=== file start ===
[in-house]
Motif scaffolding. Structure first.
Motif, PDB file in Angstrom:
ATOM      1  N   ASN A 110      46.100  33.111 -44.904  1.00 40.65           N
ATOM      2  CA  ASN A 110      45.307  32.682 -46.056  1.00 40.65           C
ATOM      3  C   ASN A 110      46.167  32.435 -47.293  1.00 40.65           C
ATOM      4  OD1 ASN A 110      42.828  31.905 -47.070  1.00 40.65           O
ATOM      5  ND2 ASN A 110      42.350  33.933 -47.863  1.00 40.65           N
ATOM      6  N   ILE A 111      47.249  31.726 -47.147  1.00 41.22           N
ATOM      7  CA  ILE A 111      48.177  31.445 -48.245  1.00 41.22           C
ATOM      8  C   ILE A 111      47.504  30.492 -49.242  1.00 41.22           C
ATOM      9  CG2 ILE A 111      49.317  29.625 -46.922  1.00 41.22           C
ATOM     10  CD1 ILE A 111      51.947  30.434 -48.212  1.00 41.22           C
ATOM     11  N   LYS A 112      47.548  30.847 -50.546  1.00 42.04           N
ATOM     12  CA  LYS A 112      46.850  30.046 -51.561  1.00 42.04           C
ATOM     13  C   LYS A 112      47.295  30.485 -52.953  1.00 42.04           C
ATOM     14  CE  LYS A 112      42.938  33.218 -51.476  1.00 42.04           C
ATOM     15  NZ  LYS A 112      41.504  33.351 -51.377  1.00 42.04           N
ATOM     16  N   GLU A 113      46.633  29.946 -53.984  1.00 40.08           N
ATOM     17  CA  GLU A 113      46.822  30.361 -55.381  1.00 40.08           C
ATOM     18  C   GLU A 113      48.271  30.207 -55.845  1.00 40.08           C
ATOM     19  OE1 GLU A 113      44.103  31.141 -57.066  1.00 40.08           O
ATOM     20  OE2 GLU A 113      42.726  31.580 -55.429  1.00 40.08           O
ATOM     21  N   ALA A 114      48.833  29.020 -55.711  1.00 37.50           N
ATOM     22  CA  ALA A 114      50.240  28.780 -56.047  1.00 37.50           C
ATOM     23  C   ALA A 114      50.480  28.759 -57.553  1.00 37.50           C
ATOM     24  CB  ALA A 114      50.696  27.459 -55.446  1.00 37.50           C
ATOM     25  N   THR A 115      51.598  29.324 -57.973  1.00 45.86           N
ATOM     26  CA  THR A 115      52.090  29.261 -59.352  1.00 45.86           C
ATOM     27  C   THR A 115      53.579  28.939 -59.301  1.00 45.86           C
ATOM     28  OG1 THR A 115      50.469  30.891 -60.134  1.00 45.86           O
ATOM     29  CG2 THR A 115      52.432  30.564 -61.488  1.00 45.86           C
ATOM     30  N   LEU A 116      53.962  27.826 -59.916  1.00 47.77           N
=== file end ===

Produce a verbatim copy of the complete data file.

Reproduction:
[in-house]
Motif scaffolding. Structure first.
Motif, PDB file in Angstrom:
ATOM      1  N   ASN A 110      46.100  33.111 -44.904  1.00 40.65           N
ATOM      2  CA  ASN A 110      45.307  32.682 -46.056  1.00 40.65           C
ATOM      3  C   ASN A 110      46.167  32.435 -47.293  1.00 40.65           C
ATOM      4  OD1 ASN A 110      42.828  31.905 -47.070  1.00 40.65           O
ATOM      5  ND2 ASN A 110      42.350  33.933 -47.863  1.00 40.65           N
ATOM      6  N   ILE A 111      47.249  31.726 -47.147  1.00 41.22           N
ATOM      7  CA  ILE A 111      48.177  31.445 -48.245  1.00 41.22           C
ATOM      8  C   ILE A 111      47.504  30.492 -49.242  1.00 41.22           C
ATOM      9  CG2 ILE A 111      49.317  29.625 -46.922  1.00 41.22           C
ATOM     10  CD1 ILE A 111      51.947  30.434 -48.212  1.00 41.22           C
ATOM     11  N   LYS A 112      47.548  30.847 -50.546  1.00 42.04           N
ATOM     12  CA  LYS A 112      46.850  30.046 -51.561  1.00 42.04           C
ATOM     13  C   LYS A 112      47.295  30.485 -52.953  1.00 42.04           C
ATOM     14  CE  LYS A 112      42.938  33.218 -51.476  1.00 42.04           C
ATOM     15  NZ  LYS A 112      41.504  33.351 -51.377  1.00 42.04           N
ATOM     16  N   GLU A 113      46.633  29.946 -53.984  1.00 40.08           N
ATOM     17  CA  GLU A 113      46.822  30.361 -55.381  1.00 40.08           C
ATOM     18  C   GLU A 113      48.271  30.207 -55.845  1.00 40.08           C
ATOM     19  OE1 GLU A 113      44.103  31.141 -57.066  1.00 40.08           O
ATOM     20  OE2 GLU A 113      42.726  31.580 -55.429  1.00 40.08           O
ATOM     21  N   ALA A 114      48.833  29.020 -55.711  1.00 37.50           N
ATOM     22  CA  ALA A 114      50.240  28.780 -56.047  1.00 37.50           C
ATOM     23  C   ALA A 114      50.480  28.759 -57.553  1.00 37.50           C
ATOM     24  CB  ALA A 114      50.696  27.459 -55.446  1.00 37.50           C
ATOM     25  N   THR A 115      51.598  29.324 -57.973  1.00 45.86           N
ATOM     26  CA  THR A 115      52.090  29.261 -59.352  1.00 45.86           C
ATOM     27  C   THR A 115      53.579  28.939 -59.301  1.00 45.86           C
ATOM     28  OG1 THR A 115      50.469  30.891 -60.134  1.00 45.86           O
ATOM     29  CG2 THR A 115      52.432  30.564 -61.488  1.00 45.86           C
ATOM     30  N   LEU A 116      53.962  27.826 -59.916  1.00 47.77           N